Sarah and I went with Armand for a walk in the Park, we walked along the beach a bit, and then into the jungle, in search for the Red Ruffed Lemur. Walking through the jungle is such a cool thing. This was primary forest we were trudging through, checking out the seemingly hundreds of plants you can see at any one moment, looking for chameleons and lemurs. We spotted the second species of lemur we had seen in about an hour, the Red Ruffed Lemur, which is endemic to Masoala.

We got back to the “lodge” (small clearing in the jungle where the bungalows were) and Sarah needed to lie down. She couldn’t eat the awesome 3-course lunch that we got served: vegetable salad and bread, big roasted prawns and rice, and yogurt for desert.

After a couple hours break, Sarah felt up to doing something so Armand and the boat driver took us up the coast a bit to find some place to snorkel. The snorkeling was fun for us, saw some fish, some cool coral, an eel, and other see life. We were happy, thought it was decent, but Armand insisted there were no fish, comparatively.

We took another break in the bungalow before going for a night walk in the jungle with our torches (flash lights). Never having done this before it was spectacular! The sounds of the tree frogs, birds, insects, amazing. We spotted one of these loud frogs, tonnes of giant spiders and also a chameleon. The first chameleon we’ve seen, it was about the size of a finger or thumb and its colour was white changing to brown.

Dinner was yummy again, zebu was the main course, which is the endemic cattle here in Madagascar. We slept pretty well and got up easily as it just happened to be another truly rare sunny and blue-sky day.

We hiked for about 4 hours that morning seeing more Red Ruffed Lemurs and also some White Faces Brown Lemurs. The Brown Lemurs were quite a bit closer to us than the other as they weren’t as high in the canopy. After lunch we breaked for a bit, and then walked through the small autonomous village of 70 people there, and then along the beach and trail south. We watched the sun set and swam in the Indian Ocean before setting back for another beach/forest walk in the dark.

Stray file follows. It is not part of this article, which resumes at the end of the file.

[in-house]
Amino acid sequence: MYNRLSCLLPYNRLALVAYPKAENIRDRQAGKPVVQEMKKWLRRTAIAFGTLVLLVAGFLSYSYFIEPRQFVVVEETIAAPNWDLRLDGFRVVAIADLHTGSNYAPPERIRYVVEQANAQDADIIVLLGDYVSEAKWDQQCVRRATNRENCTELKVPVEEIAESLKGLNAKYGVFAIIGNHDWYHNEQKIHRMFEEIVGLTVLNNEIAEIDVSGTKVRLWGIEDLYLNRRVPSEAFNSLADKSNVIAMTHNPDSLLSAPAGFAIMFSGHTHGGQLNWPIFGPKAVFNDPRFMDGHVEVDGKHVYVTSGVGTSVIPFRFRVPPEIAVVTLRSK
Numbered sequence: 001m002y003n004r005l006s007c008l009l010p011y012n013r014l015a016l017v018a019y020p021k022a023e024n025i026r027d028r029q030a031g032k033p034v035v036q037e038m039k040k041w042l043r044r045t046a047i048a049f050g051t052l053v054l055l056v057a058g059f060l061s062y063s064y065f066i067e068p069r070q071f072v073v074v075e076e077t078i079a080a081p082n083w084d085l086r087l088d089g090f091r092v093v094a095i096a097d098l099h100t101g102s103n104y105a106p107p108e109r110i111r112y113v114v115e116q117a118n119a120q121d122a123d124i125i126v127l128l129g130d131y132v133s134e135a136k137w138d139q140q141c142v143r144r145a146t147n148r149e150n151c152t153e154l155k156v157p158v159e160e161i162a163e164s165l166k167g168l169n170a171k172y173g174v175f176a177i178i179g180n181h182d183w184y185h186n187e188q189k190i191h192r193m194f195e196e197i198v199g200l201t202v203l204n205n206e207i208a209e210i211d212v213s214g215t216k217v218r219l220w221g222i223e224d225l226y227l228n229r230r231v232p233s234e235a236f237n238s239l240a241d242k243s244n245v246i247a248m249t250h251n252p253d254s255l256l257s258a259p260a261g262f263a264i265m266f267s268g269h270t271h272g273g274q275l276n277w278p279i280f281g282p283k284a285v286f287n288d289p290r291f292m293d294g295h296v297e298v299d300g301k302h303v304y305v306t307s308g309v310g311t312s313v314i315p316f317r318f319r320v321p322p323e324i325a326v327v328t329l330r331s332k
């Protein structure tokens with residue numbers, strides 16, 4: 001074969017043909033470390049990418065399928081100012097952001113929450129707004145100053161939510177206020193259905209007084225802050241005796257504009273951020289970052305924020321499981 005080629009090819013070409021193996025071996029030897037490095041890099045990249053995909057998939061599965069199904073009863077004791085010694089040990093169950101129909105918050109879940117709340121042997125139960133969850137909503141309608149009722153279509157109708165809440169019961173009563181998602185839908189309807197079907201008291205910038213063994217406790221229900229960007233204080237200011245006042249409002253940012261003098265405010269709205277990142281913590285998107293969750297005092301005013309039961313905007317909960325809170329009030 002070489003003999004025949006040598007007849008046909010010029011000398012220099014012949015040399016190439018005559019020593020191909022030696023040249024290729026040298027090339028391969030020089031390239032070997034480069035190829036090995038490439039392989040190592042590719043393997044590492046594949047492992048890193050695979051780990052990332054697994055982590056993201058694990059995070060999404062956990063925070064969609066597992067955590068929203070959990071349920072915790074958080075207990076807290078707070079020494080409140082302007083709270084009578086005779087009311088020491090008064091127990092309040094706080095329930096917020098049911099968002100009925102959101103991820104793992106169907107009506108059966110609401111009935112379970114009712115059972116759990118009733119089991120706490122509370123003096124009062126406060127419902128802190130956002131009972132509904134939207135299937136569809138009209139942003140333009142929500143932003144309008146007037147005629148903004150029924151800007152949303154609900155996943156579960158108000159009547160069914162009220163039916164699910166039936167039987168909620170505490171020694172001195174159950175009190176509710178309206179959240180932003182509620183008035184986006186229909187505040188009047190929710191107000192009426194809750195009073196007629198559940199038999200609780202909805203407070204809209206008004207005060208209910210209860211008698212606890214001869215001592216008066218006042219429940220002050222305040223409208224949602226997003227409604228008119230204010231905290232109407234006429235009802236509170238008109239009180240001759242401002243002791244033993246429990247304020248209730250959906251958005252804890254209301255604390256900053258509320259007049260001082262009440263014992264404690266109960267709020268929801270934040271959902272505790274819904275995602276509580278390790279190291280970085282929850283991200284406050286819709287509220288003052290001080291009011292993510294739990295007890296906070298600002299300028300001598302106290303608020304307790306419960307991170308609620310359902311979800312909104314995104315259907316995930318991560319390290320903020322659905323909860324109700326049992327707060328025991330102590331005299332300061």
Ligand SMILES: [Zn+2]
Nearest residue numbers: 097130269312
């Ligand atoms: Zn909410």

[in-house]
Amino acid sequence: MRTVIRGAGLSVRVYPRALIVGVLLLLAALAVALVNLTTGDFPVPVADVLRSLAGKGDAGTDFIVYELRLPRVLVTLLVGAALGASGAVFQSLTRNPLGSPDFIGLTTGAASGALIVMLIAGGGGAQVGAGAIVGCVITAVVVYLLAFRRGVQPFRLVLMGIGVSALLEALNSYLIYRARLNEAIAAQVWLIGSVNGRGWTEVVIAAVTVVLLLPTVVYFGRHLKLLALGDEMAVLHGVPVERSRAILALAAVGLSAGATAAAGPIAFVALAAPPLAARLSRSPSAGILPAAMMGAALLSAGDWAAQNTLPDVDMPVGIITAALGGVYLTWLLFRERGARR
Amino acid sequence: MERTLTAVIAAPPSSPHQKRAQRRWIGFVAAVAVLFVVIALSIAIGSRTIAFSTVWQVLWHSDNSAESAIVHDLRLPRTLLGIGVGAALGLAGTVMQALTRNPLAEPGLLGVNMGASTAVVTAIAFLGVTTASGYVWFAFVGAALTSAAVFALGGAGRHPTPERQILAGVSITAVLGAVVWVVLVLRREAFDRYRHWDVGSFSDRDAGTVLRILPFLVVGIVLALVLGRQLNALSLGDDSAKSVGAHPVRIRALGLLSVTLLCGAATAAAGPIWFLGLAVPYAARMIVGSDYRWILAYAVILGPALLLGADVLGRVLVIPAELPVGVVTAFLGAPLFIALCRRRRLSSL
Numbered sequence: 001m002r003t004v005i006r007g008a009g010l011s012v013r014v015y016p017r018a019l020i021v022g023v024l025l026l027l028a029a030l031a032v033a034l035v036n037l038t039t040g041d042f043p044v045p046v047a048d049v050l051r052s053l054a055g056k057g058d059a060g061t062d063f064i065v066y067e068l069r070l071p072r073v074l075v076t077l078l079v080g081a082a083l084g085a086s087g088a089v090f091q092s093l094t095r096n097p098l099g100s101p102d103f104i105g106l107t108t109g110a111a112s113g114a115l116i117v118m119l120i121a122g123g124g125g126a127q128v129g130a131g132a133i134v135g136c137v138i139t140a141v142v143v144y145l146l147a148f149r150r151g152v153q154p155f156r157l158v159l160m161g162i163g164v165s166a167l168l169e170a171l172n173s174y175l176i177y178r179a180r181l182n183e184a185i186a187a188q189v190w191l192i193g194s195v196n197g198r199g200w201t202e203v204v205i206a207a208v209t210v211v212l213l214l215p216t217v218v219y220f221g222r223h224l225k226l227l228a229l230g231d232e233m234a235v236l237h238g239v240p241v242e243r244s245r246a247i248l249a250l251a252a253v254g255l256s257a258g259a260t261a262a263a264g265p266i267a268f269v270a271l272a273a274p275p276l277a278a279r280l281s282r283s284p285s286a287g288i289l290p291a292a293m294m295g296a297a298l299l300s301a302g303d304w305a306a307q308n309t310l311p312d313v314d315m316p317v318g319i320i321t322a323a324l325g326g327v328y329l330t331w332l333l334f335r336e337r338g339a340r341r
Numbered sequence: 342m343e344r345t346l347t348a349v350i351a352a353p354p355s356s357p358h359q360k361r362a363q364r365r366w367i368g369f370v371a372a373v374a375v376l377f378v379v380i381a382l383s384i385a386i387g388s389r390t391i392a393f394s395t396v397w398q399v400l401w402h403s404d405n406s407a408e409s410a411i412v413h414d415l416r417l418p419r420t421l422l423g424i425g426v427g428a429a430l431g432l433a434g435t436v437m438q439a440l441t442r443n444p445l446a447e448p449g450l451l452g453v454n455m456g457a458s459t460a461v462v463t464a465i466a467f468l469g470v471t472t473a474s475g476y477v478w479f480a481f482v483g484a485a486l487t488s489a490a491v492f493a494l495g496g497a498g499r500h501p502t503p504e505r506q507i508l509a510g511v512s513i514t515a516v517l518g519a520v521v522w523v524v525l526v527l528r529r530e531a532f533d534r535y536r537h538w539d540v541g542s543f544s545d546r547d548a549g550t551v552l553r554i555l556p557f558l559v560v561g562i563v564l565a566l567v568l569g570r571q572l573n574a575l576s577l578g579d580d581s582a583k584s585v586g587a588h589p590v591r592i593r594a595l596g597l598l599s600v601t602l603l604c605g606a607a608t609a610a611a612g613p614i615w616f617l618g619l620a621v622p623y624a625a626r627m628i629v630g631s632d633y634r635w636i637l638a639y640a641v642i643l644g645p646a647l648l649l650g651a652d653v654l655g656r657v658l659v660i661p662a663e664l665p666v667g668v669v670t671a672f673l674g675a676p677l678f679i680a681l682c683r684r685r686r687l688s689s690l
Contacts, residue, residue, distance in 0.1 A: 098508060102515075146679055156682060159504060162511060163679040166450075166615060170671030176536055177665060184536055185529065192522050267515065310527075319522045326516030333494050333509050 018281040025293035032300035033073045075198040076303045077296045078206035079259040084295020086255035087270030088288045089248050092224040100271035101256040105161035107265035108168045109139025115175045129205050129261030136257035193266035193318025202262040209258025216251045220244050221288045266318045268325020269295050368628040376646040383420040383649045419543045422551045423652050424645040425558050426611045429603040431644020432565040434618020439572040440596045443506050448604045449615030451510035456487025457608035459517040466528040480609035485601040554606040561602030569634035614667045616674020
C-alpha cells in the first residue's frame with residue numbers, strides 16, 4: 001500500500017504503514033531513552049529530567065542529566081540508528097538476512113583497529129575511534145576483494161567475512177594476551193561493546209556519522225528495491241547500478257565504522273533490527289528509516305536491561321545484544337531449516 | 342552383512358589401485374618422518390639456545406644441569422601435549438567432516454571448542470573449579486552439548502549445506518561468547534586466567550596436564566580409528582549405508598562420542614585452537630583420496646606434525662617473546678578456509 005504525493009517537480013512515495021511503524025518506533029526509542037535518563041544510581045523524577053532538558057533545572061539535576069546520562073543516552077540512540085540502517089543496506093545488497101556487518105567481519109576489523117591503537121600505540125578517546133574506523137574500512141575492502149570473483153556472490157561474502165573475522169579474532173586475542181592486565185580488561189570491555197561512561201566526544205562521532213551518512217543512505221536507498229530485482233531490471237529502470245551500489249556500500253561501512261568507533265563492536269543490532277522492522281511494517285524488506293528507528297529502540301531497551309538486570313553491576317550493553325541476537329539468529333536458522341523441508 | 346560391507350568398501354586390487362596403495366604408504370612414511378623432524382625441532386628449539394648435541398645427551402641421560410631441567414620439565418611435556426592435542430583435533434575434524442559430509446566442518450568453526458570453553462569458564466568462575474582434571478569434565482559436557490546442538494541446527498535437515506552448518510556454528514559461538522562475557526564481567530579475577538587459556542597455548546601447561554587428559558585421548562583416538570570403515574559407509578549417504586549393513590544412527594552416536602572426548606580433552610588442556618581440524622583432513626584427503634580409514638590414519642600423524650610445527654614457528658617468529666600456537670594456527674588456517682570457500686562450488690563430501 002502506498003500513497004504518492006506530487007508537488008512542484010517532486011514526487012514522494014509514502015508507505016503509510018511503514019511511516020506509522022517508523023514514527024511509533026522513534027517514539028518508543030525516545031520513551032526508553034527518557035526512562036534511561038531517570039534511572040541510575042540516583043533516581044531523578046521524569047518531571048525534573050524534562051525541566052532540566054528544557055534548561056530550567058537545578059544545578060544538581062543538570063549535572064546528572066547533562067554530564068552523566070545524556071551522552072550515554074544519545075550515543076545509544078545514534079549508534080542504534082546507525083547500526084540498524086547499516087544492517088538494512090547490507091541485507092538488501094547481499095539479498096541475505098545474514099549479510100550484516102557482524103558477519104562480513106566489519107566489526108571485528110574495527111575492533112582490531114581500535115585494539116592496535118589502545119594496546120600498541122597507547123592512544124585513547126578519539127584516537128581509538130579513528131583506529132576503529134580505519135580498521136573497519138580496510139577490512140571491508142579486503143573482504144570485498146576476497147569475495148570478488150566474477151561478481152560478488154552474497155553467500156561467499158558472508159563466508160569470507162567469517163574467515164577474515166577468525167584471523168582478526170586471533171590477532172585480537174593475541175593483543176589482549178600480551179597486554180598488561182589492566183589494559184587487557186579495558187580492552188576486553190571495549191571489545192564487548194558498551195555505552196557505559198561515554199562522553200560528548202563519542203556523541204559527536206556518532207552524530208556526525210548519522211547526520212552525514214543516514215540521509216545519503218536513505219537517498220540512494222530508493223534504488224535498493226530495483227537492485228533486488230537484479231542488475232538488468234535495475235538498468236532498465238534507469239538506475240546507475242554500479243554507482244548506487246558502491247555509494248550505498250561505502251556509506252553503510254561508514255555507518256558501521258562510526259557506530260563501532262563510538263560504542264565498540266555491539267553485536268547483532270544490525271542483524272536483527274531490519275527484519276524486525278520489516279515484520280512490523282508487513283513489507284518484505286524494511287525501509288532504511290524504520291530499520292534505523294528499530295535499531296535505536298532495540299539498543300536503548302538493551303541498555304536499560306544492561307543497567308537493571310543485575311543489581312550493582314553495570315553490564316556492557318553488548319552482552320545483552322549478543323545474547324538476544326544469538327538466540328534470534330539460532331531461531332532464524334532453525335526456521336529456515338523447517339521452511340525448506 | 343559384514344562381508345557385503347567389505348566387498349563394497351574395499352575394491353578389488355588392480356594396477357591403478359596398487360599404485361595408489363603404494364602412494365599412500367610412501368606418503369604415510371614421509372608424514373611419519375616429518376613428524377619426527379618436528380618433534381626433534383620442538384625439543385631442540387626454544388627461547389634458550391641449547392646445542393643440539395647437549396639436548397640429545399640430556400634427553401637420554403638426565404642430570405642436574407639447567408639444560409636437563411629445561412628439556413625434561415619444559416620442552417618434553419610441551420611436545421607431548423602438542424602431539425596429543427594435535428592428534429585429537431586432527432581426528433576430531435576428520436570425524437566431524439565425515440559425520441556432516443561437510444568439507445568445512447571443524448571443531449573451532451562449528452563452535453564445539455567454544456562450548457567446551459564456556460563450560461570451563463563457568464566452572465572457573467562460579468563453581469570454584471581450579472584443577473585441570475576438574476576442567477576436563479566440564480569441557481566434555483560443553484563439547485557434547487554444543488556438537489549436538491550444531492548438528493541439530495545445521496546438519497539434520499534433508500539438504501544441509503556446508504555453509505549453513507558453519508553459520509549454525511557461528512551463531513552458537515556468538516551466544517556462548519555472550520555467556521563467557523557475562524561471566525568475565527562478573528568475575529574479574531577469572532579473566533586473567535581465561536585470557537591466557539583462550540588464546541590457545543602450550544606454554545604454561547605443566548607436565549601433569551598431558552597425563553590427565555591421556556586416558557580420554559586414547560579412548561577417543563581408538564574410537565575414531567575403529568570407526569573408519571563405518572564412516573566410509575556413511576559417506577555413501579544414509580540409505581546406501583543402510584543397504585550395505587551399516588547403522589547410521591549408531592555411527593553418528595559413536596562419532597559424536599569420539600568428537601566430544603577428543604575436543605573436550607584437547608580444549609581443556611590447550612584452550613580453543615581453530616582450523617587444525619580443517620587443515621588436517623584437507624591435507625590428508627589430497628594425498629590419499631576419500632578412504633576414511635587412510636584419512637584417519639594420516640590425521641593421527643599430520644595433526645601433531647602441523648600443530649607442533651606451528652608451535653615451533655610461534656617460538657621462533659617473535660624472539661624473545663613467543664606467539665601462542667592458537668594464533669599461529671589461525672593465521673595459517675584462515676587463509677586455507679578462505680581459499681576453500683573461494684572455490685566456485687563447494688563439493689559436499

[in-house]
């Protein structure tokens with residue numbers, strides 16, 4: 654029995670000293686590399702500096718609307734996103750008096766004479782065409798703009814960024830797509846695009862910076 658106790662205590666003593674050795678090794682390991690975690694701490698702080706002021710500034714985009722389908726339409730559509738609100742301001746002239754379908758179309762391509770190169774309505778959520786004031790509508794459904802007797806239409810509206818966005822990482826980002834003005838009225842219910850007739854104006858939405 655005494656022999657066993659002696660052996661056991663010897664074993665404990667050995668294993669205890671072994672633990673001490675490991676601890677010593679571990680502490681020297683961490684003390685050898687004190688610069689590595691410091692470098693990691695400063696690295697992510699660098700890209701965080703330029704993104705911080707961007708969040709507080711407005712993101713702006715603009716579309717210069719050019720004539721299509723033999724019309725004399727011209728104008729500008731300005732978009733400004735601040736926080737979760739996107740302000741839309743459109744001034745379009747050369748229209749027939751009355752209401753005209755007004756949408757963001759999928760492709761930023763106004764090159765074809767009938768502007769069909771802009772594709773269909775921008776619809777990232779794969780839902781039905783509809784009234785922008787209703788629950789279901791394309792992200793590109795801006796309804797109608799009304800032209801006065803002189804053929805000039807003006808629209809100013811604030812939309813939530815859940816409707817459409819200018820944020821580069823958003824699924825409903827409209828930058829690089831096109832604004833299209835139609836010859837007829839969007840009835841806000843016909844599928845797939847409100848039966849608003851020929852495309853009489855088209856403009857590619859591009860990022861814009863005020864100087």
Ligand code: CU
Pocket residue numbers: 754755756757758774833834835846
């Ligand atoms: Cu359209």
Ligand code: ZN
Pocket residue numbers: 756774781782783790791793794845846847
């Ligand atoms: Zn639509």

On this night walk we spotted 2 types of nocturnal lemur, the white fronted and a striped brown I think. We also spotted a striped civet, which is a cat like carnivore. Walking along the beach by star/moonlight was pretty spectacular.

That night while we were sleeping, it rained for about 1 hour, and we awoke to beautiful blue skies and sun again! We took the boat back to Nosy Mangabe (Big Mango Island) in the morning and took a hike with Armand. We saw more brown lemurs, a new black and white lemur, and more cool creatures. The leaf-tailed gecko was especially sweet, which we couldn’t spot with Armand pointing right at it.

We ate another great lunch on Mangabe and were joined by a pack of brown lemurs interested in our food… meant good close up views of these primates which was cool. The sky clouded over as we boated back to Le Coco Beach Hotel that afternoon.

So it was Monday evening at Le Coco Beach and we were getting a flight back to Tana on Tuesday. To Be Continued.

Jul 9 2007


Sarah Marttunen

We have finally found another opportunity to use the internet. Internet access was far more difficult to find in Madagascar than we had anticipated. We are no longer in Madagascar, we arrived this afternoon to Nairobi, Kenya! Some of you know of our kaffufles with Air Madagascar in Maroantsetra – but we will write more of that later and start where we left off at the last blog.